Even teachers from Cook spoke out saying the district's methods for garnering parental input, such as Internet questionnaires, put their school at a disadvantage because a good portion of Cook families don't have web access.

One teacher even said parents from other schools and neighborhoods had already met with APS officials and advocated for their schools before teachers at Cook even learned it was on the chopping block.

At times, Pitts, who was chief of staff under former APS superintendent Beverly Hall, seemed testy with parents who expressed frustration that she and other APS representatives didn't have answers to their questions.

At one point in the meeting, one Summerhill father asked why APS seemed to be ignoring the community's request that it be zoned for Parkside Elementary in Grant Park. The Summerhill neighborhood, in its official position statement, wants to be zoned for Parkside.

"This isn't a meeting about Parkside," Pitts quipped. "This is a meeting about Cook."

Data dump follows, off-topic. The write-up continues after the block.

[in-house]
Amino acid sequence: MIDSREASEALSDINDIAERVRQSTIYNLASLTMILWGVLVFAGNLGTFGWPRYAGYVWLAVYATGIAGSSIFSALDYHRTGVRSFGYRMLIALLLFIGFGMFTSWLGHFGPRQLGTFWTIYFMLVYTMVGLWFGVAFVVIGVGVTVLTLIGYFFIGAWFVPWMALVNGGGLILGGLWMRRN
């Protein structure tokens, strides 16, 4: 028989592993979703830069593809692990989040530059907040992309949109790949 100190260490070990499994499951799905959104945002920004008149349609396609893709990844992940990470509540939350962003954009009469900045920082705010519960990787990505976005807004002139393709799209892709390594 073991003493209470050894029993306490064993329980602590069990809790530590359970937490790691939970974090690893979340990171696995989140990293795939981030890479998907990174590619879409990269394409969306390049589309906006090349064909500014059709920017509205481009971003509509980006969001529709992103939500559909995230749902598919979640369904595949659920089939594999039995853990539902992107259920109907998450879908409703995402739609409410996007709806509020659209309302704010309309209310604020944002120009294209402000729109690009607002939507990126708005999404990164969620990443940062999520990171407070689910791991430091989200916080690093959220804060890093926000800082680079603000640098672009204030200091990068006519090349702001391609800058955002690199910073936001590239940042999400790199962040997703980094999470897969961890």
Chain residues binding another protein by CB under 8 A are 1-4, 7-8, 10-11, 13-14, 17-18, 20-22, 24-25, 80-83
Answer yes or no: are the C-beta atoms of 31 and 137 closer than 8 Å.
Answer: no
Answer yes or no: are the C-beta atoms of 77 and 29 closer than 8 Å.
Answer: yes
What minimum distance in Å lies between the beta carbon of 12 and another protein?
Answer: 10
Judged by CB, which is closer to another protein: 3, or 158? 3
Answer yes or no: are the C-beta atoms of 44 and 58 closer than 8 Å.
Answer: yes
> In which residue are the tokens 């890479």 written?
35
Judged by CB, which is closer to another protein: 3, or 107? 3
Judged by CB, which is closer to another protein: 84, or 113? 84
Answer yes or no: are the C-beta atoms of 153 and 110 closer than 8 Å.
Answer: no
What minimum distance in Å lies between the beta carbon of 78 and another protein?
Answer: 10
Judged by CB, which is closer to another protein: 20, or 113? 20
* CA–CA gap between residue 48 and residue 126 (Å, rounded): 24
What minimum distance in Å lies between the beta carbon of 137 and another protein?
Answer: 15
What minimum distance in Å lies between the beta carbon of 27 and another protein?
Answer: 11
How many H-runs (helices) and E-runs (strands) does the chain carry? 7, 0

Kirsten Eldridge March 20, 2012 at 11:21 AM
Cook had a second meetnig with the district on Monday March 19. At this meeting facts were presented that showed that the Super Intendants guiding Principles for the redistricting were not being followed in regards to Cook. Cook has better access to public transportation, a newer facility as well as numerous extra curricular activities that have been recently added to support students growth. Finally Ed. S, Cook has shown that when it comes to value added our students make at least a years worth of growth from year to year which can not be said for several of the other schools in the district. The scores may be low but we are making progress for all of our students.
Marisa March 20, 2012 at 03:06 PM